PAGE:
World’s leading magazine writers unveil new publishing platform

The Kickstarter project of cooperative long-form journalism platform, Deca, recently announced it had more than doubled its initial $15,000 seed funding goal.

It’s a fairly modest target for a platform that aims to do for journalism what Magnum did for professional photographers in the 1950s. The aim is to collaborate efforts between professionals and help protect the industry from the threat of increasingly diverse free content from amateur writers.

To this end Deca have been able to get together an impressive array of Pulitzer Prize winners and top editorial writers from all segments of the magazine publishing business, from war correspondents to travel writers. “Deca” constitutes a kind of network therefore, a brand that represents freelance journalist with a simple publishing platform to work around.

Now, there’s nothing particularly unusual about the concept of content-creators attempting to cut out perceived middlemen and it’s a concept that’s been attempted by numerous start-ups in other industries over the years.

What sets Deca apart?

1. It’s long-form:

Deca plans to publish one small, sub-novella long-form piece a month. This isn’t as unusual as you’re probably imagining it to be. Most readers’ experience of long-form journalism in printed publications comes in the form of lengthy human interest stories in publications like National Geographic.

Over the years however, websites like BuzzFeed have helped to drive growth and long-form journalism has become something unto itself on the web, carving out a sizable niche for itself amongst free blog and editorial content. It’s also one area that could benefit greatly from a more intuitive reading experience than a desktop screen, given its length.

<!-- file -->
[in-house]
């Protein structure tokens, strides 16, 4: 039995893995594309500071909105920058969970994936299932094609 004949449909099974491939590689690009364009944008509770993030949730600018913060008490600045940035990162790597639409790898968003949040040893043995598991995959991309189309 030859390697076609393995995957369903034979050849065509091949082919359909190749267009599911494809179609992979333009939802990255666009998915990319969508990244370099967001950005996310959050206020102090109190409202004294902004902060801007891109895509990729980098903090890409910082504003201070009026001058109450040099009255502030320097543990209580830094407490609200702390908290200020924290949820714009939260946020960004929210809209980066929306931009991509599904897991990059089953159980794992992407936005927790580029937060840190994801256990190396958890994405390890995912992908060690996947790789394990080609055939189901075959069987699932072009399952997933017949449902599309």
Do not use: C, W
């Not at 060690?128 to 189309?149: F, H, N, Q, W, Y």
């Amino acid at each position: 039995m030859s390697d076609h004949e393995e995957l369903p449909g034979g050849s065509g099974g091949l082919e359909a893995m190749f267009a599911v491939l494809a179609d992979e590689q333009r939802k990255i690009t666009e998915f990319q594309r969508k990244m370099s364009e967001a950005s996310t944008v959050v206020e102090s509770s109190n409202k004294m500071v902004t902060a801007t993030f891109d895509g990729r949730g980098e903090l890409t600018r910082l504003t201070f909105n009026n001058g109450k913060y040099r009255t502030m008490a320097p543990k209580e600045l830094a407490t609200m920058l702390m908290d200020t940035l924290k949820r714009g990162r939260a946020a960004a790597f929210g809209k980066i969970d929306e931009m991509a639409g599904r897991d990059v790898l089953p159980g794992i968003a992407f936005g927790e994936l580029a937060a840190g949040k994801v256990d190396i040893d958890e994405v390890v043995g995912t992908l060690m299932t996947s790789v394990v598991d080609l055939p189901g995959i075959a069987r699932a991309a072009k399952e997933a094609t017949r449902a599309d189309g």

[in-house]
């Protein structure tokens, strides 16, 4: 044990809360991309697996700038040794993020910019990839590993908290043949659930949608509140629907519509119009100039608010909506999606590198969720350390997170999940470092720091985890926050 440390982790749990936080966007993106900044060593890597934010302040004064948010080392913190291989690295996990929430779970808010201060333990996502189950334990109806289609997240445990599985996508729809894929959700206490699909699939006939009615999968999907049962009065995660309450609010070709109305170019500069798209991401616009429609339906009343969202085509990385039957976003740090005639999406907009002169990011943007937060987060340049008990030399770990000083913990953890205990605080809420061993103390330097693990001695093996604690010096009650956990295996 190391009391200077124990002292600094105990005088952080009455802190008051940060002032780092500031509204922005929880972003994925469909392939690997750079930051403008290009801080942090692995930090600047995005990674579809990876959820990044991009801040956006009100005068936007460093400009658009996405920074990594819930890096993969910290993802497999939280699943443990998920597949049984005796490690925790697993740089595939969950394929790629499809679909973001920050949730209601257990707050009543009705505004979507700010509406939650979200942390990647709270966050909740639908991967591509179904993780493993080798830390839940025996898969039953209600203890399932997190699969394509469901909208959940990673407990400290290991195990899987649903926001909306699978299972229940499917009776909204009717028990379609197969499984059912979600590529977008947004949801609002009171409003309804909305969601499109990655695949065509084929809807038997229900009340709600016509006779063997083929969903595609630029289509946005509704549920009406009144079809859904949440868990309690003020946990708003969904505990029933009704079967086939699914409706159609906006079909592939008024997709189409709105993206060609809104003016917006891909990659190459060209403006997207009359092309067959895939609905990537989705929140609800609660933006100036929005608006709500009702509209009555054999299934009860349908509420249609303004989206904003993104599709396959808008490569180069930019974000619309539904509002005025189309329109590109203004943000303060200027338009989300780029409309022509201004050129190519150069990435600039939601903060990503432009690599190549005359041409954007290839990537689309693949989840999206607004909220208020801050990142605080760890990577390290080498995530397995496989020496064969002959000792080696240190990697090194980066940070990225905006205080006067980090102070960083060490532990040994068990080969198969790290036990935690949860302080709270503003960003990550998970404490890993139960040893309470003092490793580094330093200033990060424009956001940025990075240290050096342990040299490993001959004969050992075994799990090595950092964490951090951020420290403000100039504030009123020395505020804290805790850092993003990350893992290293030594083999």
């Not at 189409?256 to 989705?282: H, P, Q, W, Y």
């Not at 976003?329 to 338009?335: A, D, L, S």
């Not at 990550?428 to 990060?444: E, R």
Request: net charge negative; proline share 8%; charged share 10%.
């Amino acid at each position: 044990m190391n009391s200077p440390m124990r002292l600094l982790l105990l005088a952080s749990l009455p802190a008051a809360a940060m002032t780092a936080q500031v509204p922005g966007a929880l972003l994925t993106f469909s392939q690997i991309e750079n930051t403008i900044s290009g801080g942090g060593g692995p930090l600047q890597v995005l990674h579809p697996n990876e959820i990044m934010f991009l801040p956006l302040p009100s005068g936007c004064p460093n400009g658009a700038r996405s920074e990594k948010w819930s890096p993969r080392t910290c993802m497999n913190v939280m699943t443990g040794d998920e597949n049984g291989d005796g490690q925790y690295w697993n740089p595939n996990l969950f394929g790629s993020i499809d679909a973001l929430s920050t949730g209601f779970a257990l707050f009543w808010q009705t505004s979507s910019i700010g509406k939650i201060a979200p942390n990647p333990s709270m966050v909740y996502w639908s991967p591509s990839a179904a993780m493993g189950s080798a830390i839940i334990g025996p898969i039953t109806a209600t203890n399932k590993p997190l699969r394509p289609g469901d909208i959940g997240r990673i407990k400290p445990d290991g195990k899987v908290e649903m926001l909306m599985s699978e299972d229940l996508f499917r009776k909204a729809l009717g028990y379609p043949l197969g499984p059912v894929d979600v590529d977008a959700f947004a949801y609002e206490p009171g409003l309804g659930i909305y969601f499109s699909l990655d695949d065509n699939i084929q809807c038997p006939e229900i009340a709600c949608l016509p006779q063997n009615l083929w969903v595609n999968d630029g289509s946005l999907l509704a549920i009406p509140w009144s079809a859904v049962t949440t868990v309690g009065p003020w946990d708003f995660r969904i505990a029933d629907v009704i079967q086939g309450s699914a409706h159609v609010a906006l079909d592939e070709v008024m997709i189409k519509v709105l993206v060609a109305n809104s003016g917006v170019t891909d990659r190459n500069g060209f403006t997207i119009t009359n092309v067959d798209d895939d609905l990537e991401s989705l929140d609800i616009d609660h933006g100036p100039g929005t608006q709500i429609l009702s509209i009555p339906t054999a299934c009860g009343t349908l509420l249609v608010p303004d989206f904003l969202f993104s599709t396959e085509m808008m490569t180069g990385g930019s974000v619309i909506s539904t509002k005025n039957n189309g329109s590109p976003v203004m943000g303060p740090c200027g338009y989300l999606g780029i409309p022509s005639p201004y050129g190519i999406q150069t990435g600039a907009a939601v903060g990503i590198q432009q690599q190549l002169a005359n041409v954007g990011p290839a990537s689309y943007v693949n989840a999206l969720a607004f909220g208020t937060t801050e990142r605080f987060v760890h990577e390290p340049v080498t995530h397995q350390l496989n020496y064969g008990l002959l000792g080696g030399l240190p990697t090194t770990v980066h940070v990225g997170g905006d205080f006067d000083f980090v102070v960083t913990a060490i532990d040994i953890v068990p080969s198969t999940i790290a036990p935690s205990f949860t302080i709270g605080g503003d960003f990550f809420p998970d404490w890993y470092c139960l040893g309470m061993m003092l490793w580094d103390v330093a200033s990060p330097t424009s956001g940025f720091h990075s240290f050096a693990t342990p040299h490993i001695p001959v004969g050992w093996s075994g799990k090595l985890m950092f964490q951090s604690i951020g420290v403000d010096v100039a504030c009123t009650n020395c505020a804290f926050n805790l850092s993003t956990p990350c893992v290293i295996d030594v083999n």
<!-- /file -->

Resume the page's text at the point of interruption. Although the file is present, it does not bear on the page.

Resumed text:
2. It aims to counteract the rise of amateur content (not just cut out the publisher):

This is key. Despite Deca having a collaborative editorial and design process that involves its members, it is ultimately about professional writers who understandably want to protect their part of the industry in a time of difficult transition for magazine publishing.

To this end it will be competing with a veritable army of blogs and other free online published content that caters to a huge number of hobbies and interests, from travel blogs to particular kinds of political beliefs, many of which have large, growing audiences from amateur writers used to publishing long-form material themselves.

3. It’s using digital publishing to safeguard traditional writers:

A lot of the narrative about digital content and digital publishing over the past decade and on tablet devices over the past four has been shaped by how easy content creation has become, the idea of the everyman as writer, with his own niche or broad audience. Deca by contrast is using digital to change the way traditional writers work and get their content out to readers, beyond merely recreating existing print magazines in a digital format.

It’s an admirable effort, but Deca’s messaging needs to be consistent for it to resound with the public at large. There’s a lot of conflicting marketing messages about Deca’s collaborative efforts, with some suggesting it’s akin to a “democratization” or “more inclusive” kind of journalism.

This approach would be a mistake. For people to embrace paid-for long-form content again, it needs to explicitly demarcate itself from free content qualitatively. The affordable and transparent pricing model ($15 a year) is a good start, let’s hope readers are prepared to give it a chance.

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